In FIG. 2 a message structure in accordance with the Modbus protocol is presented. The message starts with a “Start” sign, i.e. a semicolon, and ends to an “End” sign, which is a CRLF (Carriage Return-Line) sign. After the start sign there is the individual address of the target device. When replying to the message the target device relocates its own address in this field, on the basis of which the master device knows where the reply had come from.
 The code to be given in the “function” field, which comes next, may have values from 1 to 255 (given in decimal numbers). It tells what kind of a function the slave device has to perform. When giving an answer the target device uses this field in order to indicate either that the answer was correct or that an error had occurred during the performance of the task.
 In the next field, the “data” field, the master device gives information needed by the slave device for performing the given task. When replying the slave device relocates the data resulted from the performed task in this field.
 The error checking field contains the error checking of the message contents, either a LRC or a CRC error check sum.
FIG. 3 presents a case where a camera as a peripheral is connected to the programmable logic using a known field bus. The logic in programmable logic controller 11 and computer 16 have RS 232 connections. Unlike in FIG. 1 there is a bidirectional connection between the computer and the programmable logic, in this case the Modbus. This means that the logic can ask the computer when it has finished its computations. The computer 16 carries out in advance the image-processing programmed into it, and the logic cannot interfere in any way. It only receives the results.
 A system like this is presented in the patent U.S. Pat. No. 5,882,402. The process consists of drawing optical fiber out of a molten crystal. The image-processing unit has an image processor and it is attached to a camera that monitors the fiber. The image processing unit is further connected to the programmable logic by means of a duplex data transfer channel. The logic is programmed via the operator's computer. The image-processing, i.e. the camera, is programmed via a computer connected to the image-processing unit. One possible procedure is to combine the computer connected to the image-processing unit with the operator computer. According to the specification the merged computer acts as a user interface in order to program the programmable logic. Here we can, at least in theory, program both the logic and the image-processing of the camera using the same user interface. However, the programs of each device are different to the extent that the process operator must have a deep knowledge of the camera software.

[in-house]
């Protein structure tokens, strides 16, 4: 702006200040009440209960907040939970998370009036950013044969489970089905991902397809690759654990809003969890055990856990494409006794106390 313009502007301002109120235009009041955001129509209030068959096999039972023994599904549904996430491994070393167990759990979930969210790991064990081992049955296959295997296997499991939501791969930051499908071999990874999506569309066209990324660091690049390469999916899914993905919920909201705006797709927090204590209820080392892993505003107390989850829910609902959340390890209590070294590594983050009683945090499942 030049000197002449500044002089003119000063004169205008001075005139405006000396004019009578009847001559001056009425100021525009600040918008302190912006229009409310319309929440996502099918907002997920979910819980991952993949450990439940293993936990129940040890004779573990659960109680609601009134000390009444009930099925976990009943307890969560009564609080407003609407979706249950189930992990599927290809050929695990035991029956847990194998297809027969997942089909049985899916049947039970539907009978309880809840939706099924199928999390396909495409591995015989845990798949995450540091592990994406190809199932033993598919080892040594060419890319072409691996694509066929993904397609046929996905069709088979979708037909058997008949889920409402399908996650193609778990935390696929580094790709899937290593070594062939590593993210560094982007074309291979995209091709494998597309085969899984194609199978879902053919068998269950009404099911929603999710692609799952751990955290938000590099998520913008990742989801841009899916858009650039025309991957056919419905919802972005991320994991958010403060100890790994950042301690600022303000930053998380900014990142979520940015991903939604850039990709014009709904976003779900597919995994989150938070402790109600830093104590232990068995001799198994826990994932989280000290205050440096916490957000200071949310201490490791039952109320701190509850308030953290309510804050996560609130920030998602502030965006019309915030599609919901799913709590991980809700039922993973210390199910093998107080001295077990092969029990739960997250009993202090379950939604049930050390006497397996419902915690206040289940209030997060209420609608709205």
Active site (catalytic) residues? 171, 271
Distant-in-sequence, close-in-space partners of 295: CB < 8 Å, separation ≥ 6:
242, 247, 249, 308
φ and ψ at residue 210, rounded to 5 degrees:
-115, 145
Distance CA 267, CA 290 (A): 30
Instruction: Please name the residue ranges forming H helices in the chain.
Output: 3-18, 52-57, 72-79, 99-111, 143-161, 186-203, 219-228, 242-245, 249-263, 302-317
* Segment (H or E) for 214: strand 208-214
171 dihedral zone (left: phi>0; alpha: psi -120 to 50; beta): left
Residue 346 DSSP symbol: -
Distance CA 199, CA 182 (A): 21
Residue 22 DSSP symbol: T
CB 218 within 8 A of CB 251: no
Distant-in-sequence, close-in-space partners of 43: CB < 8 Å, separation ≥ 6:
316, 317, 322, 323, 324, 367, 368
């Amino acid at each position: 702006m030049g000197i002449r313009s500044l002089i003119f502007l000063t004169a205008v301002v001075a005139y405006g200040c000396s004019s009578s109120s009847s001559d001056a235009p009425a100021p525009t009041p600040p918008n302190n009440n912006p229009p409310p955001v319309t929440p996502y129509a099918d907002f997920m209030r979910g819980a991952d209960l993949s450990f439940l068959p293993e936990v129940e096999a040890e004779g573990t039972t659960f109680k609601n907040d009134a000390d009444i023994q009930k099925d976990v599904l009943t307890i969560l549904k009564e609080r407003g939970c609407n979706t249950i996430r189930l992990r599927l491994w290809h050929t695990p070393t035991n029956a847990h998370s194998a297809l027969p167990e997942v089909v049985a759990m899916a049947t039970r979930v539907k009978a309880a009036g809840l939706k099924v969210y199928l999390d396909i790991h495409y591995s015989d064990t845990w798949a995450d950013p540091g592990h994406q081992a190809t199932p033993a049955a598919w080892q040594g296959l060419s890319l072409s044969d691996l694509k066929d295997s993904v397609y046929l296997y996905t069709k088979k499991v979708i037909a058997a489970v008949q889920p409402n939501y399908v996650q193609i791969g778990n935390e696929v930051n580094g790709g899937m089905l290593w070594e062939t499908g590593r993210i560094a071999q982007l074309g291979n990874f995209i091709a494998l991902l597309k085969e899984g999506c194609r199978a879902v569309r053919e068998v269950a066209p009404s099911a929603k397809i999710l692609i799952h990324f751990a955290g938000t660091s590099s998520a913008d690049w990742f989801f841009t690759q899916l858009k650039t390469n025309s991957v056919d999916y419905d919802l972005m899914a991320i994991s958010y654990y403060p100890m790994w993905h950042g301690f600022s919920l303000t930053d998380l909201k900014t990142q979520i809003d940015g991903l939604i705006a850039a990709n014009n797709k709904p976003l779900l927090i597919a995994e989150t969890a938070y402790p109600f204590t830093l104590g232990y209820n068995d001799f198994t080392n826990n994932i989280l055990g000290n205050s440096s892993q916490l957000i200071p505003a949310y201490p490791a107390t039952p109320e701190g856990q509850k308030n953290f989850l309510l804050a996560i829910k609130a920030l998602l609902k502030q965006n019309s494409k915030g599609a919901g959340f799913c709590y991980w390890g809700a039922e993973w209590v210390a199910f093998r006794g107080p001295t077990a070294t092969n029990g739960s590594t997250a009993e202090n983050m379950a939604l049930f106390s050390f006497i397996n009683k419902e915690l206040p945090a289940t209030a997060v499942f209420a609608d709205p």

FIG. 4 presents a case in which the camera and the computer have been replaced with so-called smart camera 41. The field bus is directly connected to the interface of the camera. In this case, too, the camera program processes the image in advance according to the program and the logic cannot interfere in any way. It only receives the results.
 The problem with these two cases, where the camera is connected to the programmable logic via a field bus, is that the smart camera or the computer must be made able to perform the tasks the logic asks for and provide the task results back to the logic. The camera is programmed to give only the requested results, and if any other information is required, the camera has to be reprogrammed. The programs for the computer and the smart camera differ from one software vendor to another, which means that they require special know-how. The manufacturer very often programs the device according to the customer's instructions prior to delivery. If the customer wishes to have any modifications in the controlled process, or if he wishes that the camera gives other values than before, changes in the camera software must be made. Then the supplier is requested to send a specialist programmer to do the modifications. On the other hand, the programming of a PLC requires expertise and know-how that the process supervisor must naturally have. When the process supervisor wants the camera to provide new information as a response to a new command, prolonged cooperation is often needed between the process supervisor, who knows to PCL program, and the programmer specialized in programming cameras. This is both expensive and time-consuming, as the re-programming costs are high and two persons are needed to do the work: one takes care of the camera, the other of the programmable logic.
 There is an attempt to overcome this problem by making it easier to (re)program a smart camera, namely by using different types of graphical interfaces. There are programs of Windows® type suitable for various machine vision applications. These programs, e.g. AEInspect and FlexAuto for Windows, made by Automation Engineering Inc. USA, work in common multipurpose PCs. Despite these programs alleged ease off use, they require a high level of expertise that a process supervisor seldom has. Additionally, changing the camera programming requires physically accessing the cameral, sometime an inconvenient or dangerous undertaking.
 An objective of the present invention is to devise a camera control connected to a process control unit, especially to the programmable logic controller, so that the control does not have the drawbacks of the prior art systems. The objective is a system in which the operator of the control unit can easily program the computer connected to the camera or the smart camera so that the computer of the camera can perform tasks defined in a query message sent via a data transfer channel as well as relocate the task results in the reply message.